2 - The curtain rod inside the spare room closet had nowhere to go. . . so we drafted it to serve a more noble cause;
    3 - After an hour on the table belt sander and a number of body angles to attain the proper taper. . . the pauper in the closet became the king of the transom;
    4 - The Ensign and the finished staff in their rightful place, and:
    5 - The Ensign and the Night Heron. . .

    Yesterday's posting in reply to FishoutaFlorida, we demonstrated how we spent, or was it invested, our Saturday. . . ah, yes, it has been a tough week.

    Stay safe stay healthy.

    J.
    "Ships are the nearest thing to dreams that hands have ever made." Robert N. Rose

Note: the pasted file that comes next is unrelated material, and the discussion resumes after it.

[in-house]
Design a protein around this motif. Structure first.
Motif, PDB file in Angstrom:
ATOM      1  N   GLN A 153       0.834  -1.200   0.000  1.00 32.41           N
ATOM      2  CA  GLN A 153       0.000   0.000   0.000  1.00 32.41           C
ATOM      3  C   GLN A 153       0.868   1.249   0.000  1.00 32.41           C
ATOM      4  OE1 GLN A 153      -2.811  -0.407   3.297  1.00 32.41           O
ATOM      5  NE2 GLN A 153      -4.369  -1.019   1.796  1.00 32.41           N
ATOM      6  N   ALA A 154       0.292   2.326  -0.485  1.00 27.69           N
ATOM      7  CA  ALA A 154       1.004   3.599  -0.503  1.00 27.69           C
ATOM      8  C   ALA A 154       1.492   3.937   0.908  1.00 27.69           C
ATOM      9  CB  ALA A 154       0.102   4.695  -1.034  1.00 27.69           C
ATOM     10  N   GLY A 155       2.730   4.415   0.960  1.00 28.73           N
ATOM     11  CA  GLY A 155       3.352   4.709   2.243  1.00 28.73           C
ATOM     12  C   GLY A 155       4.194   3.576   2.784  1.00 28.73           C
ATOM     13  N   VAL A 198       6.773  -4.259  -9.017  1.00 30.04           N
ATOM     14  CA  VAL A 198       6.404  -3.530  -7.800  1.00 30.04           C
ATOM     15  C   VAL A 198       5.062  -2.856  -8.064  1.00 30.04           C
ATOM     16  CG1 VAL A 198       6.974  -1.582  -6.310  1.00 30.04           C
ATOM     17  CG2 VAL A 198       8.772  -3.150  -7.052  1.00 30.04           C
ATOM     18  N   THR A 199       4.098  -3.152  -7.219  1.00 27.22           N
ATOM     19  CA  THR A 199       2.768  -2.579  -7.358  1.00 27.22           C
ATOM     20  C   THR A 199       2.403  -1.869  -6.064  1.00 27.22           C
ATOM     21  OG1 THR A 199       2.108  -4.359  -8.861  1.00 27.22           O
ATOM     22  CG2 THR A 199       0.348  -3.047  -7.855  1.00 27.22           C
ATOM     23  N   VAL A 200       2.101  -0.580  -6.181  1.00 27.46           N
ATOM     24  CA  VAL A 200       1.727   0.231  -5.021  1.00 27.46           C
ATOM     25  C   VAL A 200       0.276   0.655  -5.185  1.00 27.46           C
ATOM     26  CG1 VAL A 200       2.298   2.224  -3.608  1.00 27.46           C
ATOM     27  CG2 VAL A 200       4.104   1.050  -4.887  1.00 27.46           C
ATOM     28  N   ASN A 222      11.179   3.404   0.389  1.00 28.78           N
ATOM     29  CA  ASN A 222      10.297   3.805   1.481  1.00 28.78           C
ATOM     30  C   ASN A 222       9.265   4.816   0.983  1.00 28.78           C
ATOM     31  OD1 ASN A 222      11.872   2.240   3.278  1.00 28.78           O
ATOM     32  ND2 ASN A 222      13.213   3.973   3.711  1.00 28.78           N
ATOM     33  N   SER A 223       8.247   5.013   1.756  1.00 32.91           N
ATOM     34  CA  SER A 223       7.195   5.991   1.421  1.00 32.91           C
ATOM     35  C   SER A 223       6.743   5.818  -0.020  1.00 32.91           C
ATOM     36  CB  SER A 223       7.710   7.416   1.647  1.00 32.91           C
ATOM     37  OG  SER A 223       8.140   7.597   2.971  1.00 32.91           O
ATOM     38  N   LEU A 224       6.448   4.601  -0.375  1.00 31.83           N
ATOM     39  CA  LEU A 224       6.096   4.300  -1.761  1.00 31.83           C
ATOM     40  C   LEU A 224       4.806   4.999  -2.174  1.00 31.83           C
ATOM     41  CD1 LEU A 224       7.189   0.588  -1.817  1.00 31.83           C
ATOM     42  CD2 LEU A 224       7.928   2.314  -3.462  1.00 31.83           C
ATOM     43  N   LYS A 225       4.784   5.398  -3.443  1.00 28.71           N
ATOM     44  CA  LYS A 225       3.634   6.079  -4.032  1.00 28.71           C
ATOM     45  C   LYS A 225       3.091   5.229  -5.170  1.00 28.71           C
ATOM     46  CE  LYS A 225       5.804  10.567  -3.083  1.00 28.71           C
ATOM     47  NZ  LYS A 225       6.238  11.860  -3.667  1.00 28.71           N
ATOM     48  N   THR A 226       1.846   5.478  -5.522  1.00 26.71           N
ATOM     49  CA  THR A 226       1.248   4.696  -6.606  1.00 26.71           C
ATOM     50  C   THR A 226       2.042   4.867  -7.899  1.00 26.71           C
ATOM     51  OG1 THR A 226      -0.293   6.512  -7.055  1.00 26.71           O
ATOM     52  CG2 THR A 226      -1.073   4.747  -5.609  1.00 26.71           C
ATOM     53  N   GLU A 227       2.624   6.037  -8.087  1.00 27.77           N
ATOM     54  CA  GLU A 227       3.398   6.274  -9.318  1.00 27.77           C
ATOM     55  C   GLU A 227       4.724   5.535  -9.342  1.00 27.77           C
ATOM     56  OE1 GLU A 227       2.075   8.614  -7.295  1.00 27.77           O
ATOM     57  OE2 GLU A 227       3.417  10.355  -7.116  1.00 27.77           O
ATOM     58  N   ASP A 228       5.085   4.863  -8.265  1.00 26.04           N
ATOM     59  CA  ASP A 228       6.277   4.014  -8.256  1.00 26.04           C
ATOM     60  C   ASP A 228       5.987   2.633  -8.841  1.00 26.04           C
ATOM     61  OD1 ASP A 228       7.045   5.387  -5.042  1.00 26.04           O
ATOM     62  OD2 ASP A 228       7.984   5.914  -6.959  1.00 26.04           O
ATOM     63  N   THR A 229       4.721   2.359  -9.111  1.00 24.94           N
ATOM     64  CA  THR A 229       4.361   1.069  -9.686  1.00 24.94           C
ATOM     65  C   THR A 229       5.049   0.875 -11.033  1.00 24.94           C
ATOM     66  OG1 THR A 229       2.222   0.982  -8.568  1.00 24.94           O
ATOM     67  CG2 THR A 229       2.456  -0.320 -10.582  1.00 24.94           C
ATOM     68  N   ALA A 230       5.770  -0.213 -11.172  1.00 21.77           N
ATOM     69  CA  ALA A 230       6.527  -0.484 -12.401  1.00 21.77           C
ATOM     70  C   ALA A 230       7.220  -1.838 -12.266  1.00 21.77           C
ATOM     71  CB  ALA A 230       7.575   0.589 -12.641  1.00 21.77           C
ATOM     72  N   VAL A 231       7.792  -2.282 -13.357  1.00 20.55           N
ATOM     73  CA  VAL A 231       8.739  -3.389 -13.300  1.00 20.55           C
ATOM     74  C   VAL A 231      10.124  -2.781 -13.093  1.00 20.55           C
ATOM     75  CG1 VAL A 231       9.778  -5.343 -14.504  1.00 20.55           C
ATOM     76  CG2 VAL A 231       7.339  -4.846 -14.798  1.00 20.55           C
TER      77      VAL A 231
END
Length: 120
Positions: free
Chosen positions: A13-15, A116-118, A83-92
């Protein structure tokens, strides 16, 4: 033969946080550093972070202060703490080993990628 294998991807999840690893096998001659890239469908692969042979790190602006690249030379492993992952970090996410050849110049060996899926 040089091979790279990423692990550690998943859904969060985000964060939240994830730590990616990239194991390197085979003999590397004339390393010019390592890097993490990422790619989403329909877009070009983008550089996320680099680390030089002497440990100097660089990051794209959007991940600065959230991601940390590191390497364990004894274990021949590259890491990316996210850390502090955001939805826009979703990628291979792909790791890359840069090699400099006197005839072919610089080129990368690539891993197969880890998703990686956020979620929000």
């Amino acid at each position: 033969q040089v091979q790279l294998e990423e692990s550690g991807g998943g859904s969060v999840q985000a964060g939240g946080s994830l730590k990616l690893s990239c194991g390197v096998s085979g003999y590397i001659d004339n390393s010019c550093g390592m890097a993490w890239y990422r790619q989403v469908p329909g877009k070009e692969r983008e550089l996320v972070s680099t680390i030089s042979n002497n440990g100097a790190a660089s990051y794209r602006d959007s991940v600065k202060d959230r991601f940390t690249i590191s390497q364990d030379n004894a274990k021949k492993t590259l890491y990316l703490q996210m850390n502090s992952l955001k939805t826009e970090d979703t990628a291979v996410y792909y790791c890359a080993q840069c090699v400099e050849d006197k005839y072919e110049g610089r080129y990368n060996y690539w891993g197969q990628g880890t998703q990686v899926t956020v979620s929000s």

16. #366
    Join Date
    Jan 2018
    Location
    Mosier Oregon
    Posts
    52

    Default Re: The Birth of the Night Heron

    So Great!

    It did feel strange putting the license sticker on my fresh paint job!

    Nice work.

    -Derek

  17. #367
    Join Date
    Dec 2018
    Location
    North Port, Florida, USA
    Posts
    345

    Default Re: The Birth of the Night Heron

    Quote Originally Posted by Liberty53 View Post
    So Great!

    It did feel strange putting the license sticker on my fresh paint job!

    Nice work.

    -Derek
    Hello Derek,
    Welcome aboard. . . thanks for your note - it's always appreciated.

    As for the Registration Numbers - The fresh paint job on the hull you describe is a part of the issue for us, especially as we had to do it twice!

    We know it's the law, but we take exception to the aesthetics of the location; here is the bow of the Night Heron without the ugliness and with the nastiness: